When we read Michele Alperin’s profile of Mort Zachter, author of the memoir, “Dough,” about inheriting millions of dollars from his supposedly poverty-stricken uncles, we had a sense of deja vu.
As Alperin explains on page 46 of this issue, Zachter’s new book shares “his anger at his uncles who forced his mother to work without pay at a wholesale bakery; his dismay at his own apparent entrapment in the workaholic ethic of his family; and, yes, even his guilt at the possibility of using the money that he eventually inherited to follow his own dream of becoming a writer.”
It turns out that Zachter’s dream had led him to U.S. 1 in 2001, when he submitted a short piece to the Summer Fiction issue. In “A Tale of Urban Renewal” Zachter wrote about how his uncle’s workaholic personality did not allow him to take time to testify against a robber who held up the bakery.
After 9/11, Zachter says, he came to his senses and began to tap his family’s inheritance so that he could quit working as an accountant and pursue a career as an author. He appears at the Princeton Public Library on Tuesday, October 9, at 7:30 p.m.
Konstantinos Benas, a mathematician based in Greece, wrote to ask for help in tracing remarks that Albert Einstein is said to have made about Constantin Caratheodory, a mathematician. We referred him to the Princeton University Press and we also promised to include the request in this space:
Benas refers to an interview with Einstein in Scientific American in July, 1955. “Apparently that interview took place only two weeks before the great scientist passed away,” Benas writes. “It appears to have been given to I. Bernard Cohen, rather discreetly and without any publicity. Nevertheless, there is a rumor widely spread in Greece lately: That Einstein’s last interview was hailed with great publicity and that it took place a short time before his death, before a team of American journalists.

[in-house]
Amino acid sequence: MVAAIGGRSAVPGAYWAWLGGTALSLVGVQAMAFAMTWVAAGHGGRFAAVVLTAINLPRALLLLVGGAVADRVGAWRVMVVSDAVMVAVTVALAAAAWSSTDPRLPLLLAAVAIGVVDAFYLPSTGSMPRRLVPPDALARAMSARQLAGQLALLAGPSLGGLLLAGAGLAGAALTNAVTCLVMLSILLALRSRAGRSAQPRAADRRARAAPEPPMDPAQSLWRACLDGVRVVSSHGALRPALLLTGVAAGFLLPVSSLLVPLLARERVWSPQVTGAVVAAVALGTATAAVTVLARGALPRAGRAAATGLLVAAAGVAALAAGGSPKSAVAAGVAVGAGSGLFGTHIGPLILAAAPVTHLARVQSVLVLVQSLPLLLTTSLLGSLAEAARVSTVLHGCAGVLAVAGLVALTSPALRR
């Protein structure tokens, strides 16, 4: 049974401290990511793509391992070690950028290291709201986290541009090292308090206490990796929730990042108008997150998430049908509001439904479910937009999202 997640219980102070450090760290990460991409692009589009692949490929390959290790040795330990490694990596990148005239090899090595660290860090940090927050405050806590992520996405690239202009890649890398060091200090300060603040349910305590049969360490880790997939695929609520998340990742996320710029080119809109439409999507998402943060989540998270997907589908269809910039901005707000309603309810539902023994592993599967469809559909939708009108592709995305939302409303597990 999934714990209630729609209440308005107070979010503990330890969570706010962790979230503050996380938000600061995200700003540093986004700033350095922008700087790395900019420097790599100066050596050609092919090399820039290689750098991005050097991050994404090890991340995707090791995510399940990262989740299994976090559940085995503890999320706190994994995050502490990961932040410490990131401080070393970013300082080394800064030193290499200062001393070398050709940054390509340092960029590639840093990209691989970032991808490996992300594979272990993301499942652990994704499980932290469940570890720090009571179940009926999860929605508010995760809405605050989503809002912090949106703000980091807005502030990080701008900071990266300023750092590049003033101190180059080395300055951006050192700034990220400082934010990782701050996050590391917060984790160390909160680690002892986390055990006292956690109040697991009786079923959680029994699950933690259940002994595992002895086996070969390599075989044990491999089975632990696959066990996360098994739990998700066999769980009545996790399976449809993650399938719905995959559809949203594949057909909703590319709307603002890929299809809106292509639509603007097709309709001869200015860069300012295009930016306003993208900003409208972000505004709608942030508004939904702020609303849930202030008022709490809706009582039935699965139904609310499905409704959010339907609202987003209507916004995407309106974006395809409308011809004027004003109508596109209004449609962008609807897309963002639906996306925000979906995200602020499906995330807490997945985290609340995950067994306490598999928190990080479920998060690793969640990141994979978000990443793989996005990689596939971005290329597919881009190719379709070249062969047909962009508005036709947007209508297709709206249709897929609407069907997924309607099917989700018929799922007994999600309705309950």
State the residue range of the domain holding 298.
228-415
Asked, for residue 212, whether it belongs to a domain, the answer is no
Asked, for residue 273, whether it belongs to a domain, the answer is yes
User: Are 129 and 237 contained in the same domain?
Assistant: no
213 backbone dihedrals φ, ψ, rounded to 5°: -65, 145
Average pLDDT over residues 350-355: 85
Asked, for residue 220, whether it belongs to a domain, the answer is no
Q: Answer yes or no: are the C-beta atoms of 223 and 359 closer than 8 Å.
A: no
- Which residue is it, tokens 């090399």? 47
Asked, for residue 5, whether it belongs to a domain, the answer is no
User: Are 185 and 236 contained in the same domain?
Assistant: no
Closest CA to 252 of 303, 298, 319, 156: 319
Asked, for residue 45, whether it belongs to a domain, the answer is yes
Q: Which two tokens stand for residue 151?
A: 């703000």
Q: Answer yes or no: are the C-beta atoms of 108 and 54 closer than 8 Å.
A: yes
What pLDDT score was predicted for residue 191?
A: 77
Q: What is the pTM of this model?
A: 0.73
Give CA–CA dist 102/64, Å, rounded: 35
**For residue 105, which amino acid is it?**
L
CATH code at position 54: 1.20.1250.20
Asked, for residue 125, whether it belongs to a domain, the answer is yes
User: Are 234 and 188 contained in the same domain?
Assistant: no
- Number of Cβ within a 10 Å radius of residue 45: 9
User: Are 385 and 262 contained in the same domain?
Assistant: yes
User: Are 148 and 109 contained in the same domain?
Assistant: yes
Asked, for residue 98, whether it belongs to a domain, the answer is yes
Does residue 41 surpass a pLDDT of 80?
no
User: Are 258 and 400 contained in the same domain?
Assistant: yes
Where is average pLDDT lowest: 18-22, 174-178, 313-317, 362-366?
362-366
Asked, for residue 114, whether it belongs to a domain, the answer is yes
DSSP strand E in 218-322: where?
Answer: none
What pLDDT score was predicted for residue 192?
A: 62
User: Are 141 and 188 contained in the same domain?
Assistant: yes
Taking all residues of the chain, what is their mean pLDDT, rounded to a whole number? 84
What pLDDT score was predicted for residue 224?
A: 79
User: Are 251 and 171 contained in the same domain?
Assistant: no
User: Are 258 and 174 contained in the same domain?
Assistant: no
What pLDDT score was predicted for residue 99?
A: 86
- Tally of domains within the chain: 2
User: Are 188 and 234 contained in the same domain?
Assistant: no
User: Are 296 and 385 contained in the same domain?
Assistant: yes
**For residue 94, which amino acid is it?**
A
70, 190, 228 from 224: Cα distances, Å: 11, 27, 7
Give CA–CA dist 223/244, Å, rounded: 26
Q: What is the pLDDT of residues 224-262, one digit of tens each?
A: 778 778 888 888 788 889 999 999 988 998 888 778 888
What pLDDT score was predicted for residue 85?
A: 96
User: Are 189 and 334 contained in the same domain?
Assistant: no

“The rumor also claims that, after a large number of questions were put to him, Einstein added, without being asked at all, that his teacher, the man ‘who had shown him the way to higher mathematical science, reasoning and research’ had been the ‘unsurpassable’ Greek mathematician to whom he personally (Einstein) ‘as well as mathematics, physics and 20th century’s wisdom in general, owed everything.’”
“For all I can see, though, no such words appear in I.B.Cohen’s ‘last interview.’ No reference whatsoever to Caratheodory is made, for that matter. Can you help me find out if Cohen’s interview was actually the last one given by Einstein? Did Einstein actually ever mention Caratheodory in any of his interviews? If yes, do you know what were his exact words about his Greek colleague? And where do they appear, if anywhere at all?
“I suspect that the Greek public has been bombarded with ‘urban legends’ about Einstein’s last interview and I would appreciate your help in clearing up that matter.”
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